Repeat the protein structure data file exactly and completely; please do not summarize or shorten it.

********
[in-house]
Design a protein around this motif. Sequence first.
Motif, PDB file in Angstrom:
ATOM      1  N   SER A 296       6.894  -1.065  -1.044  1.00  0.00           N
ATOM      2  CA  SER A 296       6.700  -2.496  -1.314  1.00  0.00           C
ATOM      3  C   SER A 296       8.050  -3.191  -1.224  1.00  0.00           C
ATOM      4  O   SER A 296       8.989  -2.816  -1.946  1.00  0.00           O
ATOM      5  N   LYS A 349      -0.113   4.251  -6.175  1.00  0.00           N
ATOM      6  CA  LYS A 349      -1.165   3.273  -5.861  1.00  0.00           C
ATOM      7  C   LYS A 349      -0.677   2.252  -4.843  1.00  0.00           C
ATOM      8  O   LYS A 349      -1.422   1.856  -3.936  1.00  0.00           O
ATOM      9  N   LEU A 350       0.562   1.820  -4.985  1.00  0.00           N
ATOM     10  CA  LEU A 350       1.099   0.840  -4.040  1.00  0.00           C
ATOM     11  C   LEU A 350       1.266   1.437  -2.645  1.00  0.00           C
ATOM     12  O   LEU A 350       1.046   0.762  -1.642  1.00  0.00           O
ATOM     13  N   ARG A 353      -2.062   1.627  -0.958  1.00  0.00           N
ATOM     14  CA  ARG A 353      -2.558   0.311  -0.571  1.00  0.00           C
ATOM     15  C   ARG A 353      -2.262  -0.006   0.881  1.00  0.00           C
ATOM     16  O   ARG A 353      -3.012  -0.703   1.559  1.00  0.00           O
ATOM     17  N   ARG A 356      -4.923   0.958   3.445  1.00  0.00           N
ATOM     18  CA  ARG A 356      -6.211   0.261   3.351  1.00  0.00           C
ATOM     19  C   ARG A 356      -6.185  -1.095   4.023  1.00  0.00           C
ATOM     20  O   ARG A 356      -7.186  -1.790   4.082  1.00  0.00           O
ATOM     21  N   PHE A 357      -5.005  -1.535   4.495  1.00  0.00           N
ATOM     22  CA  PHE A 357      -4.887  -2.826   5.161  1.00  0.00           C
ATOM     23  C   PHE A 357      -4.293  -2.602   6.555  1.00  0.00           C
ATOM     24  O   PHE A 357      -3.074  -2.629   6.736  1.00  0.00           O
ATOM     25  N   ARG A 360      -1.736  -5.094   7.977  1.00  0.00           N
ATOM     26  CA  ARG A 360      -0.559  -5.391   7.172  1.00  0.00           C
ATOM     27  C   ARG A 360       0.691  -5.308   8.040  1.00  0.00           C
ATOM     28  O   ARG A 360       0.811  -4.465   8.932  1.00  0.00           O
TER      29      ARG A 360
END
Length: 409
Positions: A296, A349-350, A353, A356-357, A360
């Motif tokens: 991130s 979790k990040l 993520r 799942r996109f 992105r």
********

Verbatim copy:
[in-house]
Design a protein around this motif. Sequence first.
Motif, PDB file in Angstrom:
ATOM      1  N   SER A 296       6.894  -1.065  -1.044  1.00  0.00           N
ATOM      2  CA  SER A 296       6.700  -2.496  -1.314  1.00  0.00           C
ATOM      3  C   SER A 296       8.050  -3.191  -1.224  1.00  0.00           C
ATOM      4  O   SER A 296       8.989  -2.816  -1.946  1.00  0.00           O
ATOM      5  N   LYS A 349      -0.113   4.251  -6.175  1.00  0.00           N
ATOM      6  CA  LYS A 349      -1.165   3.273  -5.861  1.00  0.00           C
ATOM      7  C   LYS A 349      -0.677   2.252  -4.843  1.00  0.00           C
ATOM      8  O   LYS A 349      -1.422   1.856  -3.936  1.00  0.00           O
ATOM      9  N   LEU A 350       0.562   1.820  -4.985  1.00  0.00           N
ATOM     10  CA  LEU A 350       1.099   0.840  -4.040  1.00  0.00           C
ATOM     11  C   LEU A 350       1.266   1.437  -2.645  1.00  0.00           C
ATOM     12  O   LEU A 350       1.046   0.762  -1.642  1.00  0.00           O
ATOM     13  N   ARG A 353      -2.062   1.627  -0.958  1.00  0.00           N
ATOM     14  CA  ARG A 353      -2.558   0.311  -0.571  1.00  0.00           C
ATOM     15  C   ARG A 353      -2.262  -0.006   0.881  1.00  0.00           C
ATOM     16  O   ARG A 353      -3.012  -0.703   1.559  1.00  0.00           O
ATOM     17  N   ARG A 356      -4.923   0.958   3.445  1.00  0.00           N
ATOM     18  CA  ARG A 356      -6.211   0.261   3.351  1.00  0.00           C
ATOM     19  C   ARG A 356      -6.185  -1.095   4.023  1.00  0.00           C
ATOM     20  O   ARG A 356      -7.186  -1.790   4.082  1.00  0.00           O
ATOM     21  N   PHE A 357      -5.005  -1.535   4.495  1.00  0.00           N
ATOM     22  CA  PHE A 357      -4.887  -2.826   5.161  1.00  0.00           C
ATOM     23  C   PHE A 357      -4.293  -2.602   6.555  1.00  0.00           C
ATOM     24  O   PHE A 357      -3.074  -2.629   6.736  1.00  0.00           O
ATOM     25  N   ARG A 360      -1.736  -5.094   7.977  1.00  0.00           N
ATOM     26  CA  ARG A 360      -0.559  -5.391   7.172  1.00  0.00           C
ATOM     27  C   ARG A 360       0.691  -5.308   8.040  1.00  0.00           C
ATOM     28  O   ARG A 360       0.811  -4.465   8.932  1.00  0.00           O
TER      29      ARG A 360
END
Length: 409
Positions: A296, A349-350, A353, A356-357, A360
């Motif tokens: 991130s 979790k990040l 993520r 799942r996109f 992105r």